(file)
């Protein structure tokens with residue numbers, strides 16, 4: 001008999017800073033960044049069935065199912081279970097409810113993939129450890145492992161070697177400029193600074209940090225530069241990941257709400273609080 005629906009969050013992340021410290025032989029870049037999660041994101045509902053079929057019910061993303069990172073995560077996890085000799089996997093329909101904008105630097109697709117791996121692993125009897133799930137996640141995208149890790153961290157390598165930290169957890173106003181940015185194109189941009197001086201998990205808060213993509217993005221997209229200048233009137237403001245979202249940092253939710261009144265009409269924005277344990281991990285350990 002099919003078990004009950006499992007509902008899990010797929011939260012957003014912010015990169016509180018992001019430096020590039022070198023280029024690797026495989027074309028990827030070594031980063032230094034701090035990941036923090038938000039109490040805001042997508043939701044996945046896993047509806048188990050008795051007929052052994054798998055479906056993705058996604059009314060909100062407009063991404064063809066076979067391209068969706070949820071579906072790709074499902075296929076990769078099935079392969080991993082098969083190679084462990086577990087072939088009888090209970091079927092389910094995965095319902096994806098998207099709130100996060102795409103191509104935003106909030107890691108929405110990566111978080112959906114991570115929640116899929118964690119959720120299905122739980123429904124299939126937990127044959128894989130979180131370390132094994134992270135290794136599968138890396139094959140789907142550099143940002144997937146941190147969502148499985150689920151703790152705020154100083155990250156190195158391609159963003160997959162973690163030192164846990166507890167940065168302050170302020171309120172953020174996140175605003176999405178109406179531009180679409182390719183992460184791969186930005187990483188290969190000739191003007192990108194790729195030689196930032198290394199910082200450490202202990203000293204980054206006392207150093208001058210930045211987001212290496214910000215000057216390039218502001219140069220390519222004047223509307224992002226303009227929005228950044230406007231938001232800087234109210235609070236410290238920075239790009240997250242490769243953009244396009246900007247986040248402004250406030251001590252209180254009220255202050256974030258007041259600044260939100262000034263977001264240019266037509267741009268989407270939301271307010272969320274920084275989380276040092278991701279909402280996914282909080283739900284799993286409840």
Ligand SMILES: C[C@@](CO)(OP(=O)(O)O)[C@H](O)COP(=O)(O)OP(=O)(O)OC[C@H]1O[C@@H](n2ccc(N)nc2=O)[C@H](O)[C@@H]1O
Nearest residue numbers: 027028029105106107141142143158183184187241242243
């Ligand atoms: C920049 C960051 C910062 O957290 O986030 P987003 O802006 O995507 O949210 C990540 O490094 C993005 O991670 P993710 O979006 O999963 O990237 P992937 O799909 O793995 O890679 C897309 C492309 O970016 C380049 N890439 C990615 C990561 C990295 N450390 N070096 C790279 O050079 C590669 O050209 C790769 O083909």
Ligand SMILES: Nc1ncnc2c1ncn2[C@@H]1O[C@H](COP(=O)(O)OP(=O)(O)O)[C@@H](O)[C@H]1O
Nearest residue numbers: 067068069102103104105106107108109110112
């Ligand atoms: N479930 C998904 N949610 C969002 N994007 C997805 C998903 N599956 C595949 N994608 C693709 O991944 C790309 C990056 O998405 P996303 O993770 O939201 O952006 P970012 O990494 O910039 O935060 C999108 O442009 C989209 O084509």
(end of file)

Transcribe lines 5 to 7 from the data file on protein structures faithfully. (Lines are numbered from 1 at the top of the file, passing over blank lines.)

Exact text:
Ligand SMILES: Nc1ncnc2c1ncn2[C@@H]1O[C@H](COP(=O)(O)OP(=O)(O)O)[C@@H](O)[C@H]1O
Nearest residue numbers: 067068069102103104105106107108109110112
């Ligand atoms: N479930 C998904 N949610 C969002 N994007 C997805 C998903 N599956 C595949 N994608 C693709 O991944 C790309 C990056 O998405 P996303 O993770 O939201 O952006 P970012 O990494 O910039 O935060 C999108 O442009 C989209 O084509």